A guide to the benefits of living a slow lifestyle

The days when boys were taught a trade and girls were taught how to care for a family and run a household by the time they were of age are long over. In those days, children worked hard, but life moved at a slower pace, and one’s personal family was central to every day life. Family life in today’s society is strikingly different.

Today’s parents are bombarded with countless options from well-meaning educational institutions touting all the latest information, skill sets, and experiences for children in order to give one’s child the very best. It is not surprising that parents feel pressured to enlist their child in two to three after-school clubs or lessons, as well as provide their child with all the latest in gadgets and toys.

While extracurricular classes and clubs can be beneficial, maintaining a healthy balance in knowing when your child has taken on too much is essential to keeping childhood stress at bay, as well as ensuring quality of life for one’s family. From time with personal family, to a good amount of time spent outdoors enjoying nature, to time spent developing character; parents must be the safeguard to ensure that the overall balance of what they consider important is present in their child’s life.

Here are a few tips to help decrease the pace of life for you and your child if things have been getting hectic:

• Cut back on extracurricular club activities to one per child. Decide on soccer club, or the swimming team—not both.

•  Designate one afternoon a week as being a TV and computer free afternoon. Unplug your TV set, gather your family into the living room, pull out board games, and enjoy each other’s company.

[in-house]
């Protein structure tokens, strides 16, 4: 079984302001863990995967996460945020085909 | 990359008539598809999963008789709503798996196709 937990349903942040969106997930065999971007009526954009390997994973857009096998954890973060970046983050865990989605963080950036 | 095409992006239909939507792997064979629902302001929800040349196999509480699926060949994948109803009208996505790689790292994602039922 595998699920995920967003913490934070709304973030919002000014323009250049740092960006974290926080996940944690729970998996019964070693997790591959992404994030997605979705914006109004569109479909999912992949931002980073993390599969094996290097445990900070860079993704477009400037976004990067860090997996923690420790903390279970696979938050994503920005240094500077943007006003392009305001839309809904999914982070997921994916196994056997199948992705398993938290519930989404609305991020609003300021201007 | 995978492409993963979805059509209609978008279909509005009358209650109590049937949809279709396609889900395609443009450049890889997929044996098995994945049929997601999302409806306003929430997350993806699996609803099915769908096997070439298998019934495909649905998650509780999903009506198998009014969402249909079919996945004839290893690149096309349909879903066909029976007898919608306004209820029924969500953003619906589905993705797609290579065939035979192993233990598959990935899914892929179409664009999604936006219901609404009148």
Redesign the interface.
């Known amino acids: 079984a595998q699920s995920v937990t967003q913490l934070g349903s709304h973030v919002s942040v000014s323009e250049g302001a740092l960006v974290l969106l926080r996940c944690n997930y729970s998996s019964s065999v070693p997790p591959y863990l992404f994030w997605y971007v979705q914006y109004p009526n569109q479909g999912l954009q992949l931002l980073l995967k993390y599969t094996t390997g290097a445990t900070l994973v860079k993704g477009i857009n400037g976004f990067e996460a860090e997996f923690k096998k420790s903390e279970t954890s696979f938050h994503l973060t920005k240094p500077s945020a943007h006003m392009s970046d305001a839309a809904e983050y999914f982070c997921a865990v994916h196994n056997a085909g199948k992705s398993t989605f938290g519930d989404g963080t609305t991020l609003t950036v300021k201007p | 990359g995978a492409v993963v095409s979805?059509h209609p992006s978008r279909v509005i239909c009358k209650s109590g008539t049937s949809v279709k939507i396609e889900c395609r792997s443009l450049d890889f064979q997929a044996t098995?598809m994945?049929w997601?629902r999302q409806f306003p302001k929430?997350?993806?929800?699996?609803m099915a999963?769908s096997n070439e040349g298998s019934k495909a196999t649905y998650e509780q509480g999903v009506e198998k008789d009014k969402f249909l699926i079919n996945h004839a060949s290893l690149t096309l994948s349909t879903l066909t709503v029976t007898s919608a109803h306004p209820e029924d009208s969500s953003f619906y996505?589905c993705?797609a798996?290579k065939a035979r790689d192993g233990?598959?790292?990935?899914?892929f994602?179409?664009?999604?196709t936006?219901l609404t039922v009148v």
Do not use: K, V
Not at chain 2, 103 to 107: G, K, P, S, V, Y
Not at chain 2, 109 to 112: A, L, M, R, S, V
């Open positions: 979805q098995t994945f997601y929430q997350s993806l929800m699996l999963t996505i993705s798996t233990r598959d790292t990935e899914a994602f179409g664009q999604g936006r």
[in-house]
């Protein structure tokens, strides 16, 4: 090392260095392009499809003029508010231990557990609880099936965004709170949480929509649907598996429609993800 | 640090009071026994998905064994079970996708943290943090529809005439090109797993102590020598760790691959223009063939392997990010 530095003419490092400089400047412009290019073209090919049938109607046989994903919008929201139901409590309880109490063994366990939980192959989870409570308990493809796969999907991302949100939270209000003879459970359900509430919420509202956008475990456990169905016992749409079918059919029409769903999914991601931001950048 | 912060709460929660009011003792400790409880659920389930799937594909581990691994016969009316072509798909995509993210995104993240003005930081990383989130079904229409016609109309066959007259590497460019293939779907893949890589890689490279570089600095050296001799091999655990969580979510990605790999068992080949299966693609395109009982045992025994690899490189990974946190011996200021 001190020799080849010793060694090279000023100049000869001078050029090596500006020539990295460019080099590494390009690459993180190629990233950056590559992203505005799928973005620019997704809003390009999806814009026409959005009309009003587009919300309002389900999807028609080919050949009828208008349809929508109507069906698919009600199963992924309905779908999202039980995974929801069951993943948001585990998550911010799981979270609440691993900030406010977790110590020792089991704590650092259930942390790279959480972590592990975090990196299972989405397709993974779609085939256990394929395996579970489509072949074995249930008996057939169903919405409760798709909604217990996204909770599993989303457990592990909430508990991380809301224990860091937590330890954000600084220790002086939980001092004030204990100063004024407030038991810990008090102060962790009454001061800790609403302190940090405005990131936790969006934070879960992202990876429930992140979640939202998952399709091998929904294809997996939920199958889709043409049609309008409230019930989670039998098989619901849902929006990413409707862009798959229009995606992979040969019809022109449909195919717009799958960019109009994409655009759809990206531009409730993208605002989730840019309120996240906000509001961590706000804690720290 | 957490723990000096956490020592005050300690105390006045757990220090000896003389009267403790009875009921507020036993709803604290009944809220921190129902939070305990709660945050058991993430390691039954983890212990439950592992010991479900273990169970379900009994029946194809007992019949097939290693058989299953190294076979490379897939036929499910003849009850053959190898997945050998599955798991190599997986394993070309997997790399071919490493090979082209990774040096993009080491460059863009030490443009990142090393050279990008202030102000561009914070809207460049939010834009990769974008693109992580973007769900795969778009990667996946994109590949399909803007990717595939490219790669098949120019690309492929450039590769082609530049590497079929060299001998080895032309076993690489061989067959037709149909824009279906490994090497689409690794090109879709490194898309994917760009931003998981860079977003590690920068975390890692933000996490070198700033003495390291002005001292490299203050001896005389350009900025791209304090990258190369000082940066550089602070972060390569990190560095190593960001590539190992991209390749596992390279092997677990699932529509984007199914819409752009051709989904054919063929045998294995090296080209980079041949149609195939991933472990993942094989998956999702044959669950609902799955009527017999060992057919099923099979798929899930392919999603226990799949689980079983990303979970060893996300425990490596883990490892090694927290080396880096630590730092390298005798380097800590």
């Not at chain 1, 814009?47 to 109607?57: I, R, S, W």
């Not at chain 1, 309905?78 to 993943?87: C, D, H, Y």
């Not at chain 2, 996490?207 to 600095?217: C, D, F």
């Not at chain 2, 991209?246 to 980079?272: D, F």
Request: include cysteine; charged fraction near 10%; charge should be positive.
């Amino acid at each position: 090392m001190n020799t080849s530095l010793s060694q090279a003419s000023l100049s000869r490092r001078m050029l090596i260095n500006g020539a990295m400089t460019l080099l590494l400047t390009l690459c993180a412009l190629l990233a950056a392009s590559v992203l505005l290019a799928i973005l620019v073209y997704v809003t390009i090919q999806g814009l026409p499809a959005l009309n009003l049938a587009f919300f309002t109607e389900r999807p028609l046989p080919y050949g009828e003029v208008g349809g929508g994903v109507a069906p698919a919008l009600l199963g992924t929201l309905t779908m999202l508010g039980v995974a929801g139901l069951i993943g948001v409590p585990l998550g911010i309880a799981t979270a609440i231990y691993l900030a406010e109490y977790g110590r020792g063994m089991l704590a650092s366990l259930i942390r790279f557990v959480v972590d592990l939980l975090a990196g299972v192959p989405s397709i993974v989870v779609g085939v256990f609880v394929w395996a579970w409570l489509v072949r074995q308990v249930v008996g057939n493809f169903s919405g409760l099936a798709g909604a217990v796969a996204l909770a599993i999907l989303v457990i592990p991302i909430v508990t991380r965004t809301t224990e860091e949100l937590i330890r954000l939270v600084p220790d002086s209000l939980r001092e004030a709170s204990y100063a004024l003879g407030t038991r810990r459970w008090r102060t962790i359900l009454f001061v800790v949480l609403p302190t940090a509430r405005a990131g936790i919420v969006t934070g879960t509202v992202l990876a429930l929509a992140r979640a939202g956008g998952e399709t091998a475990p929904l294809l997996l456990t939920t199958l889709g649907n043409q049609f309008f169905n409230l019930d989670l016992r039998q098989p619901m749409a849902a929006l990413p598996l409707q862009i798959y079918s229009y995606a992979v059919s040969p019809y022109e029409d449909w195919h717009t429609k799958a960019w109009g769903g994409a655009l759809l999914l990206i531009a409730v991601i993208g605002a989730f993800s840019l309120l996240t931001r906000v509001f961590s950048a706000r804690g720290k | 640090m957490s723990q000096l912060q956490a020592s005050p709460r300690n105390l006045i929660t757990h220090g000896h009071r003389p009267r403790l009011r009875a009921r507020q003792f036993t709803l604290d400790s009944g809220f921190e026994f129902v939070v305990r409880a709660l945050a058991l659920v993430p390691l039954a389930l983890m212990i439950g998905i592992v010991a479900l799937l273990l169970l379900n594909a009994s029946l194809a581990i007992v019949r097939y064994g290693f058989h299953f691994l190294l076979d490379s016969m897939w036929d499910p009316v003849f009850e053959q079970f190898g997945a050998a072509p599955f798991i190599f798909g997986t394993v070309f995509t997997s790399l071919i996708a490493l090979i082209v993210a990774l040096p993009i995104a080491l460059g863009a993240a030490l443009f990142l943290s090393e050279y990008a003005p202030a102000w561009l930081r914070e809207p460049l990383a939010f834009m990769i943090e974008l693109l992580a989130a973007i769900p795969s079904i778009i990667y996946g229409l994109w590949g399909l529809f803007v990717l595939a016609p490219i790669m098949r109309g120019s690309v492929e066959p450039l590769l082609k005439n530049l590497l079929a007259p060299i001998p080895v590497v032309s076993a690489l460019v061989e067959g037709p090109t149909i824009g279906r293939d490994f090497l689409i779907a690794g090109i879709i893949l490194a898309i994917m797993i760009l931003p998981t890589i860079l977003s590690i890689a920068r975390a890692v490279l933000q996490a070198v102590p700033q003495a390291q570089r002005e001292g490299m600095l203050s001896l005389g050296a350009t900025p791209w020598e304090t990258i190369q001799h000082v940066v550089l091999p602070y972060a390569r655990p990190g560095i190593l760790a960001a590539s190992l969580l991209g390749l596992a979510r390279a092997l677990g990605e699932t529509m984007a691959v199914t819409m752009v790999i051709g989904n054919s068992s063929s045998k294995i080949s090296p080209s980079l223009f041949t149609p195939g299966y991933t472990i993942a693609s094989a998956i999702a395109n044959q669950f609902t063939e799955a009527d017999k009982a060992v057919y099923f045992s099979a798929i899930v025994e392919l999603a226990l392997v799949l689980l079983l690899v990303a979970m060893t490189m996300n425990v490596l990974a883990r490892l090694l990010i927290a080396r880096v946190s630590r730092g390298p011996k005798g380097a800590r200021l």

Or, during the summer months when the sun sets at a later time, pack a picnic dinner, and go to a park to enjoy dinner outside and some after dinner outdoor fun.

• Monitor the amount of play dates that your child commits to. While you want your child to have friends and spend time with his or her peers, your child also needs time with you. Evaluate whether your child is getting sufficient time with you and his or her personal family when deciding on play dates or sleepovers with friends.

Slowing down and filtering all that your child is exposed to on a daily basis is an action that takes great maturity as a parent. However, it is one that will reap rewards, as your child is freed to enjoy his or her childhood years at a leisurely pace, and you are able to enjoy watching your child as he or she grows with minimal stress and pressure, as you both create memories that will last long after the childhood years are over.